Eating Disorder Resource Center
330 W. 58th St. Suite 206
New York, NY 10019
Tel: 212-989-3987
Email: [email protected]

About Us

Our History | What are Eating Disorders? | Treatment Philosophy | Frequently Asked Questions

Treatment Philosophy

Eating disorders are often understood to be problems with food and weight. Indeed there is now research to document that there is a physiological component to bingeing, purging and starving. However, that is just part of the picture. At EDRC, we believe that disordered eating is also a way of soothing one's self, coping with emotions, or dealing with complicated relationships. Our first concern with any eating disorder is to make sure that health is restored and that the physiological component of anorexia, bulimia or binge eating is addressed. Additionally, we pay attention to the psychological picture. We are interested in how disordered eating may help someone cope and we are continually developing individualized treatment plans in response to changing needs of our patients.

Overall, we believe that in order to change, you need to address the specific problematic behaviors by changing belief systems and ways of coping as well as by developing healthier alternatives for the binge, purge or starving behaviors. At the same time, we will work to understand what the anorexic, bingeing, or bulimic behaviors have come to mean to you and why they have been so hard to give up.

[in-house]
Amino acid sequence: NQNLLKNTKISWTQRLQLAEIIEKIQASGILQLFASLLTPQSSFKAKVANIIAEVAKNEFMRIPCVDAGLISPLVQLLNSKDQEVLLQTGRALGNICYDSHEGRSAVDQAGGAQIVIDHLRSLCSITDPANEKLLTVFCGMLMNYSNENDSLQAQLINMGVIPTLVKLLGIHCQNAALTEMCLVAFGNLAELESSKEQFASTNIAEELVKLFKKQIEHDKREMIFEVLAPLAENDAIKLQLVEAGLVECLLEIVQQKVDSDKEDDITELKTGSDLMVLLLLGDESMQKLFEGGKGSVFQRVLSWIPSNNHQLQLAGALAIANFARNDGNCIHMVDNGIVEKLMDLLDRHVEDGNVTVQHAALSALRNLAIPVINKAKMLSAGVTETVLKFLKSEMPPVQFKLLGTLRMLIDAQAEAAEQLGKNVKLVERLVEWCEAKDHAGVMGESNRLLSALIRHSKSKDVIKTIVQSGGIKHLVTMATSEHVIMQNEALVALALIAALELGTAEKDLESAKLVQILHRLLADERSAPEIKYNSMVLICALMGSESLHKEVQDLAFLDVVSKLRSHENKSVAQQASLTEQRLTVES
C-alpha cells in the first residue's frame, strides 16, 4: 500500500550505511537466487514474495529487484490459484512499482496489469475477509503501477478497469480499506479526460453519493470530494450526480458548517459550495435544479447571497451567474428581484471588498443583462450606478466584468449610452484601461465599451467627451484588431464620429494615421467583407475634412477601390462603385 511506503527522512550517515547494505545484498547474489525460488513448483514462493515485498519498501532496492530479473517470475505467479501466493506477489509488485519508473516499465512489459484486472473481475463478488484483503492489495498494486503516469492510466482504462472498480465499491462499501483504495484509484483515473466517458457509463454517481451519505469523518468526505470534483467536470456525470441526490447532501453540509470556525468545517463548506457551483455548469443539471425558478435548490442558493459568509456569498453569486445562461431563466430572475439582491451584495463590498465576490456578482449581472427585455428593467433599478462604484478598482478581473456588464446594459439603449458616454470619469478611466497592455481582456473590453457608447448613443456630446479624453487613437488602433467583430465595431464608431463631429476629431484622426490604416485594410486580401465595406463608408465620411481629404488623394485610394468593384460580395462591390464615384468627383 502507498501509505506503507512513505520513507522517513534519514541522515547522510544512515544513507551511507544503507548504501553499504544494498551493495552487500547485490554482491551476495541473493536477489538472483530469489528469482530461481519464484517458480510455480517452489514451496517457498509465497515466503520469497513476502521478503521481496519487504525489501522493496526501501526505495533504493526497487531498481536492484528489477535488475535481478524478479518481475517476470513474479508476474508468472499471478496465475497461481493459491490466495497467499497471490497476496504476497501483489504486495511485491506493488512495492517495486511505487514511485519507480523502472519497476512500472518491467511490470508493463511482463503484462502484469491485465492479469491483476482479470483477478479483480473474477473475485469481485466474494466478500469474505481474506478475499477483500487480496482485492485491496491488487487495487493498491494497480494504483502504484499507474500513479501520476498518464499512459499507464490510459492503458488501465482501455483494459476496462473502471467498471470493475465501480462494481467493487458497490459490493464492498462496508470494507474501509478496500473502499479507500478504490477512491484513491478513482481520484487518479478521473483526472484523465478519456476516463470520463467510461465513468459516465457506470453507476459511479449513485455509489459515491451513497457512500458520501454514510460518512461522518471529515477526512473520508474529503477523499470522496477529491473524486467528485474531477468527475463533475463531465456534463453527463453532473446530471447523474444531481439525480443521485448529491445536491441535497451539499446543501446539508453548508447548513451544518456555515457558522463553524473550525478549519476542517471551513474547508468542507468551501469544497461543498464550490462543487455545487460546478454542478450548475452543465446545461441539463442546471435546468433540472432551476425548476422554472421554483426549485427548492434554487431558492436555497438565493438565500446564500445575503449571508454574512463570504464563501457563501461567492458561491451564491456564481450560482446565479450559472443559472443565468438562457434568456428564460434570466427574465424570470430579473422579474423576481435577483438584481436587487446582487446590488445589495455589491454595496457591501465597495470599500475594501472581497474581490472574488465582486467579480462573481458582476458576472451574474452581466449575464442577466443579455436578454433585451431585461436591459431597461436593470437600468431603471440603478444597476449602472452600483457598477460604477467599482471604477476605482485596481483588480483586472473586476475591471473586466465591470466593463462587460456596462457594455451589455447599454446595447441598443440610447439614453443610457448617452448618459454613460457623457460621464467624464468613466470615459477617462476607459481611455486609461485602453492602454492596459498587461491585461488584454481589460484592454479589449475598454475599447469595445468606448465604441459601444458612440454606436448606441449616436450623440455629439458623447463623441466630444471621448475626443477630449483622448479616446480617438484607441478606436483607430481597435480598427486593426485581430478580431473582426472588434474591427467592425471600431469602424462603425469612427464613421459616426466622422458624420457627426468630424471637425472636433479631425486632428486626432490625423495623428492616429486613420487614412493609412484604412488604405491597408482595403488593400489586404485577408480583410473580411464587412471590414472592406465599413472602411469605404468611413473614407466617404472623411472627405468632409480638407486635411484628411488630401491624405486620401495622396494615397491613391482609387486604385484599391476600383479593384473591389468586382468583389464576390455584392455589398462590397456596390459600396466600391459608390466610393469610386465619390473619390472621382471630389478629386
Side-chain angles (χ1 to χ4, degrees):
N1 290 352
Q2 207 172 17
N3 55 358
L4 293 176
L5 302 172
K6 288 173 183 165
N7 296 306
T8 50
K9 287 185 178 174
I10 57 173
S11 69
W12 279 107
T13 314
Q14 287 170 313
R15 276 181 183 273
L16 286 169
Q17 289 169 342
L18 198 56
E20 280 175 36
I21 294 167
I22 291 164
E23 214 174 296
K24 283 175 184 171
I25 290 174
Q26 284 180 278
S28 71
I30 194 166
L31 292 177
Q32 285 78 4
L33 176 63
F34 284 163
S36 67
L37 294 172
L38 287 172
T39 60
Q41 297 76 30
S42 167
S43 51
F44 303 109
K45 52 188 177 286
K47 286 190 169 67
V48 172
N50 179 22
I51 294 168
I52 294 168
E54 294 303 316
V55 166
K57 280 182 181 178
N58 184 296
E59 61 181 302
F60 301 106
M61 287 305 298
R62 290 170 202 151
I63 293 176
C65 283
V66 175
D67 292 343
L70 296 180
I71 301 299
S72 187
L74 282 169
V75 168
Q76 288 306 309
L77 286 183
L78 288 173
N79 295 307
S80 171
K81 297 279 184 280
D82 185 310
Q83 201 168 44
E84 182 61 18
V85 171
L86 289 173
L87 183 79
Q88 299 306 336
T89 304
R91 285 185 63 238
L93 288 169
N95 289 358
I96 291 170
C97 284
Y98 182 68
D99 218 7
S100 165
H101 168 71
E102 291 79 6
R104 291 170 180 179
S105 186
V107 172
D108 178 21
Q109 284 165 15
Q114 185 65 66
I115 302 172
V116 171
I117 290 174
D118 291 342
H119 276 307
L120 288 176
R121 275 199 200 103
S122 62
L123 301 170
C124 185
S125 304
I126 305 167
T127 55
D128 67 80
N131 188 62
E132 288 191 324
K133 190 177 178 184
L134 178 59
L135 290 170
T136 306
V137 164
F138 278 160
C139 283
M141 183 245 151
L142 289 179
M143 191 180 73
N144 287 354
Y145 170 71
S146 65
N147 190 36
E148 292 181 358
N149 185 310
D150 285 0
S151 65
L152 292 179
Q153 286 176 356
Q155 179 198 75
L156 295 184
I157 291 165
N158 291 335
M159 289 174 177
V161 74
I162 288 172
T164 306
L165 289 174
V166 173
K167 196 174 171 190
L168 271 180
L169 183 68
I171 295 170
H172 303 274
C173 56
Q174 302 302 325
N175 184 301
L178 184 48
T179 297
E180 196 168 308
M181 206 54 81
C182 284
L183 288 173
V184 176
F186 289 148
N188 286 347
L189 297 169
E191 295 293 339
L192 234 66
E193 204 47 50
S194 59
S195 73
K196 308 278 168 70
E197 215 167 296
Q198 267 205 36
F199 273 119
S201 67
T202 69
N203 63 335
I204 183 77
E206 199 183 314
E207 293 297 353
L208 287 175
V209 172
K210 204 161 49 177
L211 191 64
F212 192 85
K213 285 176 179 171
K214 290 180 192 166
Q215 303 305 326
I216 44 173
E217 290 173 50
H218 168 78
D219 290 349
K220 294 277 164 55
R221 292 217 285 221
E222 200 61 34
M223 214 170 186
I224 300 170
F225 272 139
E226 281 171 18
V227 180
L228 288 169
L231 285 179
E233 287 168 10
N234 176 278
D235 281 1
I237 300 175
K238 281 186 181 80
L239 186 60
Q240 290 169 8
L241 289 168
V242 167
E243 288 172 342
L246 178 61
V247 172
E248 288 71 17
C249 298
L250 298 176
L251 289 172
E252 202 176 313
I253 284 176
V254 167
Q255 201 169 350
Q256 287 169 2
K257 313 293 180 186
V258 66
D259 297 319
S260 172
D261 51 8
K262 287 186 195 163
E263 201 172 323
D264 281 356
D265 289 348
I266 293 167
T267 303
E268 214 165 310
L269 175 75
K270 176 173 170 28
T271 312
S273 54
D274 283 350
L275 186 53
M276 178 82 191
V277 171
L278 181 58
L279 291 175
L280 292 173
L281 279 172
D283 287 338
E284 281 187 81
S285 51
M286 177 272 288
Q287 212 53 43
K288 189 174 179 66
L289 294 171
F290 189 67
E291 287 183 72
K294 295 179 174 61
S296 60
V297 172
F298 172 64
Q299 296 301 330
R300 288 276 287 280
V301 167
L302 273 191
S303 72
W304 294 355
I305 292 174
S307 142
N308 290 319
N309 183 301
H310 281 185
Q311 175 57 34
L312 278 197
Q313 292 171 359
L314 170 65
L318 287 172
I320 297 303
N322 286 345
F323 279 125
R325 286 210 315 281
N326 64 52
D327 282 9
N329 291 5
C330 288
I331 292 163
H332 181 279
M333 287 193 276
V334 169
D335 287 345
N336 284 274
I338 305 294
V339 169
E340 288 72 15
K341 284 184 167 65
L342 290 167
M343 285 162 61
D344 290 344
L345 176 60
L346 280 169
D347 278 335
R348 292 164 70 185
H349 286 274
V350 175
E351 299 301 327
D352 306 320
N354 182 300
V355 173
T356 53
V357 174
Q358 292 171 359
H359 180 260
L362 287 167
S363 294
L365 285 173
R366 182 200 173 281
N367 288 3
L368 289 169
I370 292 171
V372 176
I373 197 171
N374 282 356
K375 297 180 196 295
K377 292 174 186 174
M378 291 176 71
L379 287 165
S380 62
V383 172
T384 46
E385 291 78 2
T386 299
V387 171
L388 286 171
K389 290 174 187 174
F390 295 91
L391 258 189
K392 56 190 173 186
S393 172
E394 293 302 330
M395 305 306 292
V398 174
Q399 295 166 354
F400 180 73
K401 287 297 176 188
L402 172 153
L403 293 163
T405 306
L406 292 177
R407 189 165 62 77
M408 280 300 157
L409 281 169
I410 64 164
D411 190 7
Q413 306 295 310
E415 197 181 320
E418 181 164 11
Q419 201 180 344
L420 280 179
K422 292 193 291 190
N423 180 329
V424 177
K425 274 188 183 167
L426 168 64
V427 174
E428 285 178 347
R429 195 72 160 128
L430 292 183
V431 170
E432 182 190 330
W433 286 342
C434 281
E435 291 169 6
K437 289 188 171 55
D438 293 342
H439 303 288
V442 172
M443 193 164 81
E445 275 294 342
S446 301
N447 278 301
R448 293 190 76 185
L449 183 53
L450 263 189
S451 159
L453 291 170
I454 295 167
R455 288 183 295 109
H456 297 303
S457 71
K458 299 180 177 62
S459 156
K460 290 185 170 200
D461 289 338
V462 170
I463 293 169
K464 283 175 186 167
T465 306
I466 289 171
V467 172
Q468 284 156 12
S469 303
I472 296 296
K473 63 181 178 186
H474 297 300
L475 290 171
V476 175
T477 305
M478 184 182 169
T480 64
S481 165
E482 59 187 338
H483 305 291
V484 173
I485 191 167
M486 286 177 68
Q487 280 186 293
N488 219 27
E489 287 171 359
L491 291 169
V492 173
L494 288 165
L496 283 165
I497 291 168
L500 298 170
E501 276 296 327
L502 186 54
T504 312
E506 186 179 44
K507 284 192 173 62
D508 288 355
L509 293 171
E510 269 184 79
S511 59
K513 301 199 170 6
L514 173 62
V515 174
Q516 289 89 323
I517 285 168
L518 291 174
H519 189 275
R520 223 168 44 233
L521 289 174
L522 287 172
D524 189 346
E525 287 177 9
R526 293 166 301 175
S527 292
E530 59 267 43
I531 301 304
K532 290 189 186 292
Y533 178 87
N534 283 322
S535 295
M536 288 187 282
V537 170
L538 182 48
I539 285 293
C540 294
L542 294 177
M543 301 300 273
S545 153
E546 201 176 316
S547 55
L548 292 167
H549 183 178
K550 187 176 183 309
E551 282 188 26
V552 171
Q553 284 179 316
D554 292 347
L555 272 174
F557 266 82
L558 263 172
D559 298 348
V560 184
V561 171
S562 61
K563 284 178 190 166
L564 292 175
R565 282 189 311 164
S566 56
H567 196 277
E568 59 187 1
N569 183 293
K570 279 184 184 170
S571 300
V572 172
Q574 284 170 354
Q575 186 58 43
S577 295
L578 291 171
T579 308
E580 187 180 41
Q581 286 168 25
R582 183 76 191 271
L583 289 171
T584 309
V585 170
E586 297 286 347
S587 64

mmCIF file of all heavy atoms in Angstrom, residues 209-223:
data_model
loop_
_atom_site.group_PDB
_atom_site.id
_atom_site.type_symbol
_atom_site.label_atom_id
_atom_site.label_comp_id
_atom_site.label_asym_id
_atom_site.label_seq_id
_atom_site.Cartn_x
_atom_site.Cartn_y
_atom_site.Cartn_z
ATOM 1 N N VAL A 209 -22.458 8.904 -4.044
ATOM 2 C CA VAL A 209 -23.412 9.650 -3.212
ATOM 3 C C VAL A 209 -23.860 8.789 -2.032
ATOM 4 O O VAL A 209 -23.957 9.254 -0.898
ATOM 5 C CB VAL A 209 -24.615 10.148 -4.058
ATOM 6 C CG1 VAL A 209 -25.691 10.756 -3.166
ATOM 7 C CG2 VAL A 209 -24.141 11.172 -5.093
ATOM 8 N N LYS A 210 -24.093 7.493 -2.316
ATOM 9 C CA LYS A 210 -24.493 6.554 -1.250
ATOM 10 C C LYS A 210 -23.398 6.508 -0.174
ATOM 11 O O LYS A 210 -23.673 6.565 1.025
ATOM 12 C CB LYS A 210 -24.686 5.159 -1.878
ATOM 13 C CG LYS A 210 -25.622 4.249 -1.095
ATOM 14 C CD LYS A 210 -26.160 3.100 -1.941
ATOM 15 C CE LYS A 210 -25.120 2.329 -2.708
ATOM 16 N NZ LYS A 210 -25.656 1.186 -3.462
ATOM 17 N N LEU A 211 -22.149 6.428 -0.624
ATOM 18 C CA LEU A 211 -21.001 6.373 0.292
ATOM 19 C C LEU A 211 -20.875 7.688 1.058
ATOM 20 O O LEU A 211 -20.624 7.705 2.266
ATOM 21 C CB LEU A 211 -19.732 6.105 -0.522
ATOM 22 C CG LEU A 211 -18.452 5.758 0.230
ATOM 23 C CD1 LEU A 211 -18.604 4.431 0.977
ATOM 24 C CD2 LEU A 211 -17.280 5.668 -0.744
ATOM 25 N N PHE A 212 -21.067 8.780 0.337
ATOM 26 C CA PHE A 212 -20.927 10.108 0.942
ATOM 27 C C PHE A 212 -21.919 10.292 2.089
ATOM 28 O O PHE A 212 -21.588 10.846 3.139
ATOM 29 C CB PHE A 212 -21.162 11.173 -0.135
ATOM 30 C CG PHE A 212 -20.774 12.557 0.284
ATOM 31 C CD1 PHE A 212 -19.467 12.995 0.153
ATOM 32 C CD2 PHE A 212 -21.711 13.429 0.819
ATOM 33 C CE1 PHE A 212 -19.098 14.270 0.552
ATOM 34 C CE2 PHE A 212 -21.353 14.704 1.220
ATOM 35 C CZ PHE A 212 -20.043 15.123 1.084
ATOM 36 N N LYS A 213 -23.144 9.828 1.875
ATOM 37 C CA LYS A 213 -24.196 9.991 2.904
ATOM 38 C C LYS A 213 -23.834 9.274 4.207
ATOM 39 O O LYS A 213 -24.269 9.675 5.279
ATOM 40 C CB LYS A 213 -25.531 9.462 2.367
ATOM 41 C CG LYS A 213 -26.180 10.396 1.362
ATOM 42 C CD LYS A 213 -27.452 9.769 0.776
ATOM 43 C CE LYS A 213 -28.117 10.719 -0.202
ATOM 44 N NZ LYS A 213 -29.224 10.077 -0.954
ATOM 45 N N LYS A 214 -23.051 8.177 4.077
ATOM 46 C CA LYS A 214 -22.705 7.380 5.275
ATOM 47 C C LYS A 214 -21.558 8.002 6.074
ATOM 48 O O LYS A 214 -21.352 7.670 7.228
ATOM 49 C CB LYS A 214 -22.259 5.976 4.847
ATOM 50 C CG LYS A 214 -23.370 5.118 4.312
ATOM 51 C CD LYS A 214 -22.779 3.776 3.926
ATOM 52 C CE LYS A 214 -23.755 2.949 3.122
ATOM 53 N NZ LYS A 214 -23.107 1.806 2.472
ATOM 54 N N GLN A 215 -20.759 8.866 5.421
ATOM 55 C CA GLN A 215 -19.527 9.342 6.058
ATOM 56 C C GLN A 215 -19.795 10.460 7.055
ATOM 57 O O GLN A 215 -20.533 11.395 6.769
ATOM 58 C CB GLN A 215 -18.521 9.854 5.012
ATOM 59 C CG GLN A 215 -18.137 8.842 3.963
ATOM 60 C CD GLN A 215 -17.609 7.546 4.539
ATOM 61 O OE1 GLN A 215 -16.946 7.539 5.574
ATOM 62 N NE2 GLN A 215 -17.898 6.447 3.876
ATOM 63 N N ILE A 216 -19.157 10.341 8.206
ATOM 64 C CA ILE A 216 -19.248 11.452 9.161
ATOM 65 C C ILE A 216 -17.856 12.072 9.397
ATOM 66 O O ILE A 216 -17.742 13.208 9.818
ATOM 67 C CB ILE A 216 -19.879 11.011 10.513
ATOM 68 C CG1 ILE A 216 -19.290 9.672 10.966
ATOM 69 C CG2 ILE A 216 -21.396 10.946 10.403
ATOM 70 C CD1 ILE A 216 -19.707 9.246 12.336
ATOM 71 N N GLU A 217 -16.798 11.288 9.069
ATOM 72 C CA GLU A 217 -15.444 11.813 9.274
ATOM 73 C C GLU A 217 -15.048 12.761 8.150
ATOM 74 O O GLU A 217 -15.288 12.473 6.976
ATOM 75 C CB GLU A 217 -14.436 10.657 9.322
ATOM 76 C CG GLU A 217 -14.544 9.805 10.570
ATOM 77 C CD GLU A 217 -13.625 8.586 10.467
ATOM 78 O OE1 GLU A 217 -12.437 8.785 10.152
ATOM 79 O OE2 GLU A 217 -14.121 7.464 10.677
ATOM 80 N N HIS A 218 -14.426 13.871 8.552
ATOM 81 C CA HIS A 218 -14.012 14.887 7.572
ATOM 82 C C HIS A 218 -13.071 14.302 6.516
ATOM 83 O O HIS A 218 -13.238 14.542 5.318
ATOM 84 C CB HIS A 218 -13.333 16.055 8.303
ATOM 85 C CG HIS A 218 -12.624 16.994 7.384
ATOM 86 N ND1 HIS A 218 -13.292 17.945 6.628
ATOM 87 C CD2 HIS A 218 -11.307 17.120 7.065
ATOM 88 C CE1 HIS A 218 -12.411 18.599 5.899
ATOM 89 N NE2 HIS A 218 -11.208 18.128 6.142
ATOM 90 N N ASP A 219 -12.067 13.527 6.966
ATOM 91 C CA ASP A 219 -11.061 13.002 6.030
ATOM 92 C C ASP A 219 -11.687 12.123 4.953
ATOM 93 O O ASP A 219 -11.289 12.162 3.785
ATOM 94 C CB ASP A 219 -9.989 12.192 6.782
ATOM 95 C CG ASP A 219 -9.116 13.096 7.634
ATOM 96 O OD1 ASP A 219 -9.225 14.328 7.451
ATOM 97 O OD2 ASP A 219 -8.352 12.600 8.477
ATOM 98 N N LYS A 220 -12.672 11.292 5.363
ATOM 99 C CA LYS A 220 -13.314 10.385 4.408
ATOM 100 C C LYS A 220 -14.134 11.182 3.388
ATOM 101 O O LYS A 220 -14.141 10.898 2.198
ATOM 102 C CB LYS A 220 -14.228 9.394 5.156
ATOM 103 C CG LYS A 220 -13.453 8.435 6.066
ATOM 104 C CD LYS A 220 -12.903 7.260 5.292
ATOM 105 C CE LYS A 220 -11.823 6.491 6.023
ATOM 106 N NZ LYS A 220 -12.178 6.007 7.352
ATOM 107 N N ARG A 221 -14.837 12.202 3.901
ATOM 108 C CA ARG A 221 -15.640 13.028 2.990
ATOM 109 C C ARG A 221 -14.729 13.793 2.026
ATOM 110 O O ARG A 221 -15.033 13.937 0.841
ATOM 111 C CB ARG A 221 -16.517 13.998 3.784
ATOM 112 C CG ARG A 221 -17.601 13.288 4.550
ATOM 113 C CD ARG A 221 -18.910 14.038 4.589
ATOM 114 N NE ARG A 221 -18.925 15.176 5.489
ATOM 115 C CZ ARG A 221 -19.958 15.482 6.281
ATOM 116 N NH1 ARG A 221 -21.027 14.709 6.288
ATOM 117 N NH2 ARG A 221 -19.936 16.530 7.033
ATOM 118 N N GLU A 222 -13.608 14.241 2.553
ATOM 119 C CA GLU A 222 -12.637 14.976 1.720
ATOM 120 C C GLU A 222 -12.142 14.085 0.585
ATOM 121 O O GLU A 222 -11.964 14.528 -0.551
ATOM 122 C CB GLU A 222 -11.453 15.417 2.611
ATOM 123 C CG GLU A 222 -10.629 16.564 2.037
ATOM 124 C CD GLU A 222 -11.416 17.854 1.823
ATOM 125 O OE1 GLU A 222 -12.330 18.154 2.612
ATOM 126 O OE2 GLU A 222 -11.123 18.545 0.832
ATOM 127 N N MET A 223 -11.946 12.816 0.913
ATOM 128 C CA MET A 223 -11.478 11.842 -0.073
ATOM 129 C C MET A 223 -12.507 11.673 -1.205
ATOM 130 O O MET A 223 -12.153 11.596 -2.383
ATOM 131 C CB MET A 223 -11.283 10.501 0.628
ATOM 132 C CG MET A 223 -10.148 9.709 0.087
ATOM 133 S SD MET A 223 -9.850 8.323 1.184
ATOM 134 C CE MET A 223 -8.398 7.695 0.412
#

Our work with families has evolved over time as well. Almost thirty years ago when we first started, we encouraged parents to disengage from the battles over food and helped support them to allow for their child or teen’s independence. Currently, we assess each family situation and determine how the parents can best be of help. For example, some families have found that directly re-feeding their anorexic daughter or son is most helpful in ensuring recovery. For other families, this kind of direct intervention has not been helpful and we will guide the parents to work with treatment teams that support the recovery of their child. We do not believe that one approach works for everyone and we thus guide our recommendations based on our understanding of each individual family.